COVID-19 is a rapidly growing threat to communities around the world. It is powerful and relentless—but it is not unbeatable. To confront and combat this microbial enemy, Rutgers Biomedical and Health Sciences (RBHS) has established the Center for COVID-19 Response and Pandemic Preparedness (CCRP2). Designed to be an institutional hub for COVID-19 research activities and public outreach, the center brings the best Rutgers has to offer—world-class clinical and technological infrastructure, cutting-edge research programs, and respected scientists—to help conquer the defining crisis of our time.
Rutgers has emerged as a major participant in the anti-COVID-19 battle through its collaboration with molecular research company Cepheid on a recently evaluated point-of-care test for the virus. David Alland, chief of infectious diseases at Rutgers New Jersey Medical School and director of the Public Health Research Institute, helped develop the test along with his colleagues Padmapriya Banada and Sukalyani Banik. This groundbreaking diagnostic test will enable decentralized testing for COVID-19, even in physicians’ offices, permitting physicians to make rapid decisions about quarantine, hospitalization, and treatments. “The test performed even better than our expectations,” Alland says, “and we are encouraged about the potential to help control the COVID-19 pandemic.”
Alland recently added a new role to his many responsibilities at Rutgers, serving as the first director of the CCRP2. In a statement announcing the new center, RBHS chancellor Brian Strom, Rutgers University–New Brunswick chancellor Christopher Molloy, and David Kimball, senior vice president of Rutgers’ Office of Research and Economic Development, praised Alland’s work in epidemiology. “We have no doubt that CCRP2 will be a nationally renowned center not only related to COVID-19 research, but also other serious infection-related research and preparedness,” the three said in a statement.
Although RBHS is a hub of cutting-edge medical research, it is encountering the same challenges that face health care providers nationwide. In a recent statement, Strom described a dire need for key medical supplies, especially personal protective devices for medical professionals as they provide treatment and conduct studies. The Rutgers COVID-19 Response Fund directly supports RBHS’s efforts to combat this horrific pandemic. Donations to this fund can be made quickly and easily, and will support clinical care, research, and education at RBHS, the state’s leading academic medical center.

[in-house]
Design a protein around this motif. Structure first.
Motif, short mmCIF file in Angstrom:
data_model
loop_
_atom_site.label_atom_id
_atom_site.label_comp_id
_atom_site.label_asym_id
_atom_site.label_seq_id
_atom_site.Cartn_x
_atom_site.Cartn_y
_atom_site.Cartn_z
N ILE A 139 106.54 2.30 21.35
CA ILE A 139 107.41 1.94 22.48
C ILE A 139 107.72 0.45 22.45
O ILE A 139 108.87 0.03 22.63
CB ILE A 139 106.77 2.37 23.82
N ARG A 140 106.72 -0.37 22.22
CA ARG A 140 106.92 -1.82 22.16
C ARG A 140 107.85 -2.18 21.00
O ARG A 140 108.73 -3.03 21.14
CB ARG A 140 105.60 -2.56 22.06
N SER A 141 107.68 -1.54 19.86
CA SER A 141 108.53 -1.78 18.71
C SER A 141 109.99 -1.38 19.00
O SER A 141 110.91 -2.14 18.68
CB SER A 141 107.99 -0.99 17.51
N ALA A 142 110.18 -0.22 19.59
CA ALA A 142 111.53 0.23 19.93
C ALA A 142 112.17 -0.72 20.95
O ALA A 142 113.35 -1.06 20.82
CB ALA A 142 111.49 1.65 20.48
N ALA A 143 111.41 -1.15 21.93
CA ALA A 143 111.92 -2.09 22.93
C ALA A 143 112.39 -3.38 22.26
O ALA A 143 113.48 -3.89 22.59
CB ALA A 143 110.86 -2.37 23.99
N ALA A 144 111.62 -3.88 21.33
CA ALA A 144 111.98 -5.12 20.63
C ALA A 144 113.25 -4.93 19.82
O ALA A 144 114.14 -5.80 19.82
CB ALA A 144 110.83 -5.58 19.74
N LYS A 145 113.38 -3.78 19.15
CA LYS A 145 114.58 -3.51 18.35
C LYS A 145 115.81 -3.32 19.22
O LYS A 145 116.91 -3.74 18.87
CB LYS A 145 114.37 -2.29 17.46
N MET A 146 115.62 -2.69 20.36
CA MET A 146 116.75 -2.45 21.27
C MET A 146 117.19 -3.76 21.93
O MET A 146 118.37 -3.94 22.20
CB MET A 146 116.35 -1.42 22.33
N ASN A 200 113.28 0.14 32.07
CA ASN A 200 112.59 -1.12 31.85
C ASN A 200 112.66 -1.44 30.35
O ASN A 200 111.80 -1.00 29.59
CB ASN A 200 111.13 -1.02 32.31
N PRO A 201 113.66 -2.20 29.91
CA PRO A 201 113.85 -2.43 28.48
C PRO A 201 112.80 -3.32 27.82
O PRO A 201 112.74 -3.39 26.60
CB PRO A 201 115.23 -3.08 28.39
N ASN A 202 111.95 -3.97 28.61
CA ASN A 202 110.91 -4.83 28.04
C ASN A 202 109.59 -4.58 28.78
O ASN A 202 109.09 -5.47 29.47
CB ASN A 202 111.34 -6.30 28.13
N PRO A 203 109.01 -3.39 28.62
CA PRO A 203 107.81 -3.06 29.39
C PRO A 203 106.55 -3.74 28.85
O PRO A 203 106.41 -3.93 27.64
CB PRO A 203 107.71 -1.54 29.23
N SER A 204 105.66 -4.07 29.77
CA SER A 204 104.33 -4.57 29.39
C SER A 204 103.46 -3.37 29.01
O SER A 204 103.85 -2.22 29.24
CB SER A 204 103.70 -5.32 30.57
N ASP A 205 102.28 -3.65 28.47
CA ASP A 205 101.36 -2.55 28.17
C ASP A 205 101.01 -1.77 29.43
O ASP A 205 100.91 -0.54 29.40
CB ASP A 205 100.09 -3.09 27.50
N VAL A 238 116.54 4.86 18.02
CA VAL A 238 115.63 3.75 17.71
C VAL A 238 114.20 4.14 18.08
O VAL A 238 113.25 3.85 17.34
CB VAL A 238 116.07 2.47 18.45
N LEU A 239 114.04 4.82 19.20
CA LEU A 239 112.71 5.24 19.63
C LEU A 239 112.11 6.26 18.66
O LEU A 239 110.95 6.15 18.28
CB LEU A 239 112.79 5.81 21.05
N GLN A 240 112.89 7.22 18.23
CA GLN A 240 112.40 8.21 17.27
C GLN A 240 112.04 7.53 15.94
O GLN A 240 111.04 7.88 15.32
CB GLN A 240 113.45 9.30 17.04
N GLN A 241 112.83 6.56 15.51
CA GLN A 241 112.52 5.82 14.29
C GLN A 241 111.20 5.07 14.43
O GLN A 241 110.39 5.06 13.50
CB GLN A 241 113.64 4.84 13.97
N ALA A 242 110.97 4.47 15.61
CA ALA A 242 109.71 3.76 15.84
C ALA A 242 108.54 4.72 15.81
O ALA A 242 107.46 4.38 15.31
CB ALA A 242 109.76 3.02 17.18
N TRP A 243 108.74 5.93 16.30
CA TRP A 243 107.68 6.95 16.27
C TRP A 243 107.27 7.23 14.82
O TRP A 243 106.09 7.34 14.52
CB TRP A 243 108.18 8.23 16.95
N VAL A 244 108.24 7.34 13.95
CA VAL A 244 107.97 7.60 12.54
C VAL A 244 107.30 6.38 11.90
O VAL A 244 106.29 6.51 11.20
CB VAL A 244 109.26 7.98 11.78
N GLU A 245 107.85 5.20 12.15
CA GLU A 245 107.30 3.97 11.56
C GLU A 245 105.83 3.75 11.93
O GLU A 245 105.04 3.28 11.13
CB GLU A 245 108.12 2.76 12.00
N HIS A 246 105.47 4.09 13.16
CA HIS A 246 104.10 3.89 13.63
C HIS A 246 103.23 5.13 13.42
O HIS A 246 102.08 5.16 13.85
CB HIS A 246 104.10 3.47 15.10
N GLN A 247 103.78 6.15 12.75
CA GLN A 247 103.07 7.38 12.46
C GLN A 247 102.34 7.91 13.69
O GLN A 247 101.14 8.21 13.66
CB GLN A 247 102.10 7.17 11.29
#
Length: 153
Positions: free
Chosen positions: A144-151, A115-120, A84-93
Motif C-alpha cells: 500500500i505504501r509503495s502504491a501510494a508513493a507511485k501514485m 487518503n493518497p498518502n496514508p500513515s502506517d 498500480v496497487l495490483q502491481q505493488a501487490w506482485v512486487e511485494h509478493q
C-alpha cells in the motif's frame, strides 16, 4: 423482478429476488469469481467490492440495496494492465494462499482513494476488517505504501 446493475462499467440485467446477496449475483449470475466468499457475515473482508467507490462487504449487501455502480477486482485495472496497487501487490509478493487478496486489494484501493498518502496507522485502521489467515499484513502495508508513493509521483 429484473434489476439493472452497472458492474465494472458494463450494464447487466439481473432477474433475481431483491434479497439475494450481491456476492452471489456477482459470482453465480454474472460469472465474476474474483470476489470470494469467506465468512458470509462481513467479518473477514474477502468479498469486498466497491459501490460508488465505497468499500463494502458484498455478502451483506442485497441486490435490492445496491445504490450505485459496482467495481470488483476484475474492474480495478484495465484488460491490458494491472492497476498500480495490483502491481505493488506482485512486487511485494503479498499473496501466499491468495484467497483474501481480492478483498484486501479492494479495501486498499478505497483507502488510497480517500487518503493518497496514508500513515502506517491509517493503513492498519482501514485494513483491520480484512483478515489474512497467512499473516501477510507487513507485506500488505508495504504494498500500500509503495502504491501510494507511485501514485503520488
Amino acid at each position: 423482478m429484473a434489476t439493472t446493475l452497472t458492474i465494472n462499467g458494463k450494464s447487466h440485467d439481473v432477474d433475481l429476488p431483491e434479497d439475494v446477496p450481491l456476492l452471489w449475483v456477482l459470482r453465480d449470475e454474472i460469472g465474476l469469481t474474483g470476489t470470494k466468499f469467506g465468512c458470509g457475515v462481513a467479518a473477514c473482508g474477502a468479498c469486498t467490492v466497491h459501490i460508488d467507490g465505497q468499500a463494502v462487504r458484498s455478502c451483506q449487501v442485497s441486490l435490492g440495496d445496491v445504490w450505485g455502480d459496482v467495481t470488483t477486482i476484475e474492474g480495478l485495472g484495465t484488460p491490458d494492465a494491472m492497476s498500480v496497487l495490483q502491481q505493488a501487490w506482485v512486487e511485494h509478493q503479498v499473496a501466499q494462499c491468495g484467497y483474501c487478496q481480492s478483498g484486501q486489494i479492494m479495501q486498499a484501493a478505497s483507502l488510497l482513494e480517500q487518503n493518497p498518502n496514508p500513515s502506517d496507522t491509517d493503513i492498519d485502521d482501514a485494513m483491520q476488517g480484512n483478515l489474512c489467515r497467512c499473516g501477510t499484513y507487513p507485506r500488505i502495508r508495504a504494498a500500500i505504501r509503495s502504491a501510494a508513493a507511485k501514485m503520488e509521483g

“Dollars to support these areas of research are urgently needed and can’t arrive fast enough,” Strom says. Emphasizing this unprecedented level of urgency, he encouraged all community members to rally behind “our scientists, physicians, nurses, and medical students (as they) continue responding heroically to the spread of COVID-19.”
Rutgers has created a new center to coordinate the university’s myriad research and public health and outreach efforts to combat COVID-19.
“Given our expertise and the health needs at the state and national levels, we are excited to announce the establishment of the Center for COVID-19 Response and Pandemic Preparedness to address SARS CoV-2, the causative pathogen of COVID-19, and other emerging pathogen threats,” said Brian Strom, chancellor of Rutgers Biomedical and Health Sciences (RBHS) and executive vice president for Health Affairs.
The center’s goal is to serve as an institutional hub for Rutgers’ COVID-19 research activities and information dissemination.
David Alland, director of Rutgers’ Public Health Research Institute and chief of infectious diseases at New Jersey Medical School, will serve as the director of the new center, which will operate within the Rutgers Institute for Infectious and Inflammatory Diseases (i3D). He will work closely with a scientific advisory board that will provide input and guidance. Alland is internationally recognized for his pioneering work on the epidemiology, diagnosis, treatment and molecular evolution of M. tuberculosis, and he has been a leader in the development of rapid diagnostic tests for infectious biothreats. His lab also played a crucial role in evaluating a new test for SARS CoV-2.
“I’m very excited about this opportunity and look forward to working in every way possible with the Rutgers research community as well as external stakeholders and partners,” Alland said.